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Thursday, 3 July 1941

Senator AYLETT (Tasmania) . - I support the bill, although I find myself in much the same position in regard to it as I was placed when the measure dealing with youth employment was introduced into the Senate some time ago. I regard the provision of £20,000 as absolutely inadequate to do more than touch the fringe of the problem, especially in view of the fact that so many of our people of all age3, from young babies to adults, are suffering from the effects of malnutrition. Every honorable senator realizes what an enormous task confronts those responsible for a campaign of national fitness. As the bill is drafted, it appears that it will benefit only certain sections of the community. In his secondreading speech the Minister for Aircraft Production (Senator Leckie) said that the measure had a twofold purpose; first, to provide organizing expenses and, second, to grant subsidies to universities for the establishment of diploma courses. If the Commonwealth acted in complete co-operation with the States, organizing expenses in connexion with a scheme of this kind could be considerably lessened. As the Minister is no doubt aware, many of the States, including Tasmania, have their own national fitness organizations and are already doing much more than the Commonwealth Government proposes to do when this measure is placed on the statutebook. What is the purpose of these diploma courses? Are they to be provided for the education of doctors to specialize in nutrition and diet, and in the proper care of children, for the education of dentists to provide a free clinical service to the community, or are these courses to be provided for the training of instructors in physical training?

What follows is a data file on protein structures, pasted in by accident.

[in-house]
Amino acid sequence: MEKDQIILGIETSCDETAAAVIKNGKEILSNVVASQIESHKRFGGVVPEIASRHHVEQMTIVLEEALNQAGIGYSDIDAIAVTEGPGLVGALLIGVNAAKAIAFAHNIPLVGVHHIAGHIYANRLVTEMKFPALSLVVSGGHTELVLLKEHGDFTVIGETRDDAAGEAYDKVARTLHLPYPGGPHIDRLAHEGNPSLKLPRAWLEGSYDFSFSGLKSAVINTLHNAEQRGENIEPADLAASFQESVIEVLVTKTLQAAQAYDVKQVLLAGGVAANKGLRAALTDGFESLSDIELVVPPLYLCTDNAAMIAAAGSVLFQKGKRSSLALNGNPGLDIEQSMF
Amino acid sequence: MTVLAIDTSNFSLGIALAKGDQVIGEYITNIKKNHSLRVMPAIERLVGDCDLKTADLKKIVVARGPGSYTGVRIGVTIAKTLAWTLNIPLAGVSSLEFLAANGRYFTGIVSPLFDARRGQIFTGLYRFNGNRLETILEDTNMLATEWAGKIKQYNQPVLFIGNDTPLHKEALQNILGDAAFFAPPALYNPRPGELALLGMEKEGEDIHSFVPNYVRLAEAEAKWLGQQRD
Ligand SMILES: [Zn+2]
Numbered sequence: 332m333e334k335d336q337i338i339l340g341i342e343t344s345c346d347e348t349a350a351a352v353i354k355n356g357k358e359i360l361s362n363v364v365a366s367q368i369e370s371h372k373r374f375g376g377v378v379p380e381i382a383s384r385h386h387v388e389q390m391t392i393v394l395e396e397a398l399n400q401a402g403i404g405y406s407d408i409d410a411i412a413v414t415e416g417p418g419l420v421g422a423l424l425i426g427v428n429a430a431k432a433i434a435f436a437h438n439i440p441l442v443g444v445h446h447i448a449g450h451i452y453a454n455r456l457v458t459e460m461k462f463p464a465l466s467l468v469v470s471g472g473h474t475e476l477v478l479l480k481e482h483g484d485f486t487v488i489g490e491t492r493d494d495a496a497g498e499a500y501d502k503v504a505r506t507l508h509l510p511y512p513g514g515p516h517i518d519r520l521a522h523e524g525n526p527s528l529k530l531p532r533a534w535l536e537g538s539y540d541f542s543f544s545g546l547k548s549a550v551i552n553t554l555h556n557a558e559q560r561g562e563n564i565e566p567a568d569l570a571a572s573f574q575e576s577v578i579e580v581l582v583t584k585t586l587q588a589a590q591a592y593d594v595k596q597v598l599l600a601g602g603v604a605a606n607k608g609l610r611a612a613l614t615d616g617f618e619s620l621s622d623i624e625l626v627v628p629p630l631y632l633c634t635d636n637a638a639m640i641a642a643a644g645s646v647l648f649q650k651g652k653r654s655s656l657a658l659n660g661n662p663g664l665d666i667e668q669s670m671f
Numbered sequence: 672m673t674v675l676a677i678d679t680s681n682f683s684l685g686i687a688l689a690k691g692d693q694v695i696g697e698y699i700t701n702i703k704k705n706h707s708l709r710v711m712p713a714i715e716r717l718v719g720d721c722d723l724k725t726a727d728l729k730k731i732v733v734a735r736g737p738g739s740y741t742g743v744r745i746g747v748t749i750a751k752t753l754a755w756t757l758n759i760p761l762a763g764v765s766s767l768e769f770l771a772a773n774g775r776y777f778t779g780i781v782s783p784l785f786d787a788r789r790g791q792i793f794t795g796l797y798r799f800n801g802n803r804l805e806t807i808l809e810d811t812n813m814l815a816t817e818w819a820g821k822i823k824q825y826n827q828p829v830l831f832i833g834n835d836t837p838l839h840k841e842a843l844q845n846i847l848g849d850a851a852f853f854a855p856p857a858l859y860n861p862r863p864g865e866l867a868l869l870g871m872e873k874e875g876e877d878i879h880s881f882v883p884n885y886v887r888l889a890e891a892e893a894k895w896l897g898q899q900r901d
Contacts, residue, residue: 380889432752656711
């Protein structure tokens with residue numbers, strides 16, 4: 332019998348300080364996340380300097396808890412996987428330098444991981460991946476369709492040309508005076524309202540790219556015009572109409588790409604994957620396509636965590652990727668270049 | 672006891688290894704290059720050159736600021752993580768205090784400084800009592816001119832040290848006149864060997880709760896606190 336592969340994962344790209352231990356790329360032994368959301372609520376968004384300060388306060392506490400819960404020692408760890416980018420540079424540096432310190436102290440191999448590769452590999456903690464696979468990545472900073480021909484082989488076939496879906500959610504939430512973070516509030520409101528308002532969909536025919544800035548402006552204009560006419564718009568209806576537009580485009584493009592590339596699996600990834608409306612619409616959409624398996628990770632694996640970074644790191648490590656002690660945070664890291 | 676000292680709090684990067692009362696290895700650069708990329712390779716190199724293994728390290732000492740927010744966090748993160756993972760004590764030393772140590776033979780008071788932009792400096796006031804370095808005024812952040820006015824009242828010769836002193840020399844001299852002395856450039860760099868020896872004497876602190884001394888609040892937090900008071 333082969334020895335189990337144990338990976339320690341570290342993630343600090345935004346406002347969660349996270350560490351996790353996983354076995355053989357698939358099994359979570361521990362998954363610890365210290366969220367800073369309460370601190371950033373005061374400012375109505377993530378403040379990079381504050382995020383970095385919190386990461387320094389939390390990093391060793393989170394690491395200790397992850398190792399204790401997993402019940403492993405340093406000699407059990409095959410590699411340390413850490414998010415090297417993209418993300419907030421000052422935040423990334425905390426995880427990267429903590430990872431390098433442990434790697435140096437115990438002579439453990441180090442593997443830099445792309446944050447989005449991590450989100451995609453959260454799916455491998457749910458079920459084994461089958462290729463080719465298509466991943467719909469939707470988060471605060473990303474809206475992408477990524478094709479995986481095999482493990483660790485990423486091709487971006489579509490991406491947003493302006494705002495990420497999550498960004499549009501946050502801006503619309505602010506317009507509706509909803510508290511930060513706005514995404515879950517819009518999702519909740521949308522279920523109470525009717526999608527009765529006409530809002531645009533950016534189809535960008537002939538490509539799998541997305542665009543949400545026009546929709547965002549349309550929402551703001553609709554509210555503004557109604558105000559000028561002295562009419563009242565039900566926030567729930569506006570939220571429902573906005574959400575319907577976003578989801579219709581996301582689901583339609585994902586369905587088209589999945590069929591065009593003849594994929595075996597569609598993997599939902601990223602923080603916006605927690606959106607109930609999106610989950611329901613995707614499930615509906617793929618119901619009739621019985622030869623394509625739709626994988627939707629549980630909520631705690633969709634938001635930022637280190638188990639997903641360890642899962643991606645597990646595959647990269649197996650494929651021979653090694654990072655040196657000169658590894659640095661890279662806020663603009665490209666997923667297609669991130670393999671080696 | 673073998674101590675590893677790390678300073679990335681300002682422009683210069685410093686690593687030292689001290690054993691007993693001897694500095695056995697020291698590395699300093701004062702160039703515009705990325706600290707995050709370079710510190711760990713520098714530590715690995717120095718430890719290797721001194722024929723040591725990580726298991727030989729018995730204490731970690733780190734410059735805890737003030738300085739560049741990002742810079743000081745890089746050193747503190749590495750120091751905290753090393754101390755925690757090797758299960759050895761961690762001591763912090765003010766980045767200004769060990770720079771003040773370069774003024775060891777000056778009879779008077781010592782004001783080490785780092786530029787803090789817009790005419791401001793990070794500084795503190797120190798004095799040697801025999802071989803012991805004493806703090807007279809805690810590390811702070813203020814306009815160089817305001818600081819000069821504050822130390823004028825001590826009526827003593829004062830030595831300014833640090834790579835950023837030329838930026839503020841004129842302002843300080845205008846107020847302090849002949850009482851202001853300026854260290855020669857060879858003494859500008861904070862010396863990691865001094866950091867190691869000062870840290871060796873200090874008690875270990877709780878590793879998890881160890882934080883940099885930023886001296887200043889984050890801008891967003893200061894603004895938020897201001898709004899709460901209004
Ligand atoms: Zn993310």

Senator Large - In physical jerks.

Senator AYLETT - That is a better description. The Minister has not enlightened us in regard to these points. For any physical fitness campaign to bc successful it must make provision for safeguarding the health of expectant mothers.

Senator Gibson - That is a most important point.

Senator AYLETT - Unfortunately we can do but little to improve the physical fitness of the great number of people who are suffering from the effects of malnutrition at an earlier period of their lives, hut by educating the people in regard to diet and nutrition we can save future generations from the curse of malnutrition. I agree with Senator Courtice that every effort should be made to cooperate with the State Governments. The

Tasmanian Government has already instituted a free medical scheme for all children in certain areas, and, in addition, it has established dental clinics in many centres. If these facilities were extended throughout the length and breadth of Australia there would be a great improvement of the physical standard of the people generally. All the physical jerks in the world cannot do much to improve the physical standard of those who are suffering from the effects of malnutrition. Dealing with malnutrition and diet recently, Sir John Boyd said -

The Committee of Scientists appointed by the League of Nations to investigate nutritional needs reccommended for each child 2 pints of milk a day, I egg, or its yoke, a certain amount of fruit and vegetables, together with few commonly used foods. The committee stated that if such a diet were made available to every person it would ensure the disappearance of' all disease, ill-health and poor physique clue to faulty diet.